A record hammer of £14,500 has been paid for a painting by famous Norfolk-based artist, the late Gwyneth Johnstone, at Cambridgeshire’s Cheffins Art & Design Sale this month.
Titled Provencale Market, the picture was one of seventeen remaining works from Johnstone’s private collection and studio near Coltishall, Norfolk.
Brett Tryner, Director, Cheffins said: “As the final collection of pictures from Gwyneth Johnstone’s private studio, these works were completely fresh-to-the-market and the results achieved go to show her growing popularity amongst both private buyers and the trade. Johnstone is starting to be recognised as one of East Anglia’s finest artists from the post-war era and her energetic and romantic landscapes are growing in appreciation as some of the best of the genre.”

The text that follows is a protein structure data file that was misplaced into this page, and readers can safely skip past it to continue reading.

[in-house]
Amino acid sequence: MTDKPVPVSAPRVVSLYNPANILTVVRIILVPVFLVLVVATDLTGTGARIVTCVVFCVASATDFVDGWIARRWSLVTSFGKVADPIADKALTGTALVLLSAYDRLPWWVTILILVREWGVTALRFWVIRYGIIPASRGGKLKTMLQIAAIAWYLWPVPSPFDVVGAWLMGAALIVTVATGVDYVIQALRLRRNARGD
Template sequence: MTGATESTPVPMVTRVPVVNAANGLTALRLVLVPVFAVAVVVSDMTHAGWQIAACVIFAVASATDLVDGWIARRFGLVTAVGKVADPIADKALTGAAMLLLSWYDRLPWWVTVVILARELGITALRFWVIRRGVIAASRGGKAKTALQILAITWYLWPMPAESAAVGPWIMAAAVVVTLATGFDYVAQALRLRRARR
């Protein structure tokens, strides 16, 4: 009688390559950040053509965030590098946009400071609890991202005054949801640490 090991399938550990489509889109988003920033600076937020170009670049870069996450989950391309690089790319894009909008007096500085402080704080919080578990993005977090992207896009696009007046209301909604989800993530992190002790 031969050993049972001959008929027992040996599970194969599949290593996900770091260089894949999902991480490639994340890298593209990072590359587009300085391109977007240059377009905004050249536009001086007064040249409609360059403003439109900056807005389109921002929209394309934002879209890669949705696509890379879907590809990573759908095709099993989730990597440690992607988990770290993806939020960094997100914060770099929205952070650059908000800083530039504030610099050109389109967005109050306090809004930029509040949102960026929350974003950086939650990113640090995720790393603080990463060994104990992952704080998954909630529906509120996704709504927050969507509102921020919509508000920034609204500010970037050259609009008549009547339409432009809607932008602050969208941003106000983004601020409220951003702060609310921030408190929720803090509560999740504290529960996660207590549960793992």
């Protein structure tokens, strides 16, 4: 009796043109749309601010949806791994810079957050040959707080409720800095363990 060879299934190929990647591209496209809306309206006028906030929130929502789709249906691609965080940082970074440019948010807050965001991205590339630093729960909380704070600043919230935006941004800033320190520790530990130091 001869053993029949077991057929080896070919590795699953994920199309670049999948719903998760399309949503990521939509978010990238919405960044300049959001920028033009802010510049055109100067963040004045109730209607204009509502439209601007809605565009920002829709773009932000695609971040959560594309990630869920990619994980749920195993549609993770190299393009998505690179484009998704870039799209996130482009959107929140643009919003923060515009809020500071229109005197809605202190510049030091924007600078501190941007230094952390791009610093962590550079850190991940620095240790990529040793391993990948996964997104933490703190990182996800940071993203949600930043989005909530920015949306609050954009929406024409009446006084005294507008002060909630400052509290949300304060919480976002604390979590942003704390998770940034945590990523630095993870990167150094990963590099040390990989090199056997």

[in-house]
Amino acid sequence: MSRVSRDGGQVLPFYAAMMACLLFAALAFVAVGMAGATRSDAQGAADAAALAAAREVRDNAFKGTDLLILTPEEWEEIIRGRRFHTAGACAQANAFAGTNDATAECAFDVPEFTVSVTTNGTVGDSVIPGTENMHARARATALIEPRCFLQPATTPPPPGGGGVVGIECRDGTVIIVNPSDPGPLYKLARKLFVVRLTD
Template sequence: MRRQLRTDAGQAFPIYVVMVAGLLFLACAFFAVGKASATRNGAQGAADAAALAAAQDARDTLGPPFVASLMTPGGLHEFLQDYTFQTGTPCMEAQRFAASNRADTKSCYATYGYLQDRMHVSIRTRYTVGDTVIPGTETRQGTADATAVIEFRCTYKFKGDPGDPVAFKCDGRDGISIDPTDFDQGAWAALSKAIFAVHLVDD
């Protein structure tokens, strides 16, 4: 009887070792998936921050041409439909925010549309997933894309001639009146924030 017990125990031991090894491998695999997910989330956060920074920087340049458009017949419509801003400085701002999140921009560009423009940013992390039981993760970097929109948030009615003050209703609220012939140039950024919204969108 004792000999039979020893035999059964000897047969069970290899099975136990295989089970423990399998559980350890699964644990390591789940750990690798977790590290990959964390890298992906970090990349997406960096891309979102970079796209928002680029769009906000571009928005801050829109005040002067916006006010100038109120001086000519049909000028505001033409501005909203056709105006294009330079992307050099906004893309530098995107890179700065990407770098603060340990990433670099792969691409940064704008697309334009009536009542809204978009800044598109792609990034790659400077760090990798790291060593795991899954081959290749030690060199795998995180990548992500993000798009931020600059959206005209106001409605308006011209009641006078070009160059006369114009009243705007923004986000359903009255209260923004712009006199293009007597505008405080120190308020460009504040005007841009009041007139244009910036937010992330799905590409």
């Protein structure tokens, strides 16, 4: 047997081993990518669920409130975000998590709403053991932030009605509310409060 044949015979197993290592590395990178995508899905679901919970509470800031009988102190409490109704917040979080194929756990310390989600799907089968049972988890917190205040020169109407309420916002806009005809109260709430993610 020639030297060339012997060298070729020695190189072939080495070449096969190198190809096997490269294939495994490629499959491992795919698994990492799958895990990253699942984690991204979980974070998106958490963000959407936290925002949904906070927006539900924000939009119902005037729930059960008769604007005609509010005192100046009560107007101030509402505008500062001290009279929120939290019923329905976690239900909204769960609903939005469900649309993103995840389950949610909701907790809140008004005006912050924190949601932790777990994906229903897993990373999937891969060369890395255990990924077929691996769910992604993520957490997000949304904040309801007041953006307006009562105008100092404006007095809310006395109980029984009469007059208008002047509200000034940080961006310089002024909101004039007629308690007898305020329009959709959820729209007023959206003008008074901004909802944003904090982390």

Other highlights amongst the paintings on offer included Abstract with Trees which sold for £1,700 and London Square II which made £1,600 both against estimates of £300 – £500. Similarly, another abstract landscape, Trees with Moon, sold for £1,600, eight times its lower estimate of £200 – £300.
Johnstone was born in 1915 in Coltishall, Norfolk, and was the illegitimate daughter of musician Nora Brownsword and famous artist, Augustus John. From 1933 – 1938, she studied at the Slade School of Fine Art in London where she established friendships with artists Mary Fedden and Virginia Parsons. She also trained under cubist artists, Andre Lhote in Paris and Cecil Collins.
Gwyneth Johnstone spent her time between her home in Norfolk and later in the South of France and Spain. She died in 2010 and was buried alongside her mother in a ruined church near Coltishall.
Johnstone’s pictures appeared in a series of group shows in the 1960s, including the Women’s International Art Club and Young Contemporaries, however it was from the 1980’s onwards that she saw her most success with a series of solo exhibitions in both London and Norfolk.
Cheffins previously set the record for a Gwyneth Johnstone picture at auction titled Living at Barnsbury Terrace which sold for £13,000 in February 2020, also from the personal collection.